Two of three scholars had plenty of praise Friday for the newest book on one of Utah's most horrific events: the Mountain Meadows Massacre.
The panel discussion on the new book, "Massacre at Mountain Meadows," by Ronald W. Walker, Richard E. Turley and Glen M. Leonard, was held at the Salt Lake City Library Auditorium. A standing-room-only crowd packed the room for the 90-minute presentation, followed by a lengthy question-and-answer session.
Mountain Meadows is where a band of militia members of The Church of Jesus Christ of Latter-day Saints aided by Indian allies killed a party of California-bound emigrants, including more than 120 men, women and children, on Sept. 11, 1857, southwest of Cedar City, under a false flag of truce.
"I would like to congratulate the authors for this book," said Dr. Philip Barlow, Arrington Chair of Mormon History at Utah State University and a panelist. He also applauded the LDS Church for its cooperation in the work. "As a piece of scholarship, it is a formidable piece of work."
He believes the book itself is historic, since it probably will mean the historical department of the LDS Church will address other controversies now, too, like polygamy.
"The authors have been candid," he said, and the LDS Church made sources available that had never been available before.
"The massacre reminds us that Mormons are human" and capable of violence, Barlow said.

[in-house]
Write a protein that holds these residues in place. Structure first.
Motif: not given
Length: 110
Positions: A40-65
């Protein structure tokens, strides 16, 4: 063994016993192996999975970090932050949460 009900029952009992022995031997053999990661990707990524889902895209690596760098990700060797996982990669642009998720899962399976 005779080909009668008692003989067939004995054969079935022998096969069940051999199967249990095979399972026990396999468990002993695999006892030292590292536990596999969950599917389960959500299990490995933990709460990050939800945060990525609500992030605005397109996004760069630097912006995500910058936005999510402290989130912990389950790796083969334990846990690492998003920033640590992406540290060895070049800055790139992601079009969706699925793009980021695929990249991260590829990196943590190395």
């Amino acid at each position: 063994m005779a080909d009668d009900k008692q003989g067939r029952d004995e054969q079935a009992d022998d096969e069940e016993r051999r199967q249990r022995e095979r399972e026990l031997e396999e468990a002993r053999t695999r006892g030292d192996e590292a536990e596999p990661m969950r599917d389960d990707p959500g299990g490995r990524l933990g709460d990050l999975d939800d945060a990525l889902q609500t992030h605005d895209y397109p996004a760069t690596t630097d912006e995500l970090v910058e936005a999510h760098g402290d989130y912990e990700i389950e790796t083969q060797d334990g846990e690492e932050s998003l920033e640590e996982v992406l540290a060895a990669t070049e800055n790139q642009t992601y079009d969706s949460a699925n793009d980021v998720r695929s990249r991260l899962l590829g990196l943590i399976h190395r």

"This is a carefully conceived book," said Dr. Donald Fixico, professor of history at Arizona State University and another panelist.
He also believes the book does something few do "It makes native people (Americans) part of the story" though he acknowledged the Paiutes involved in the massacre were pawns and victims of it. "I applaud the authors for doing this."
Fixico said he feels the book raises new perspectives and questions. "It makes us think. ... This is a monumental work, a role model of scholarship, a pivotal work."
Dr. John Mack Faragher, professor of American History at Yale University, another panelist, didn't offer much direct praise for the work. He chose instead to address some of the questions the book raises, and its shortcomings.
For example, he doesn't feel the authors spent enough time addressing LDS Church authority issues or the moral sanction of legal violence by LDS leaders. But he did feel the book did a good job at portraying self-righteousness and a lust for vengeance.
Faragher also said the book underplayed how violent a place 19th century America was especially on the frontier.
Turley, one of three authors of the book, responded to the panel's critique. He said some of the panelists lamenting missing themes would have found some of them explored in earlier drafts of the book. However, space was limited.
"We could only touch the tips of the iceberg," he said.
Turley said the book's intent was to create discomfort for readers with the reality of the massacre. He also said history notes a short distance between violent language and the act.
He said all three authors felt, "This is the most difficult subject in Mormon history." So, if it's done, any other subject can now be addressed.
• For those who missed the discussion, KCPW radio will have a podcast of it available starting Monday at www.kcpw.org.
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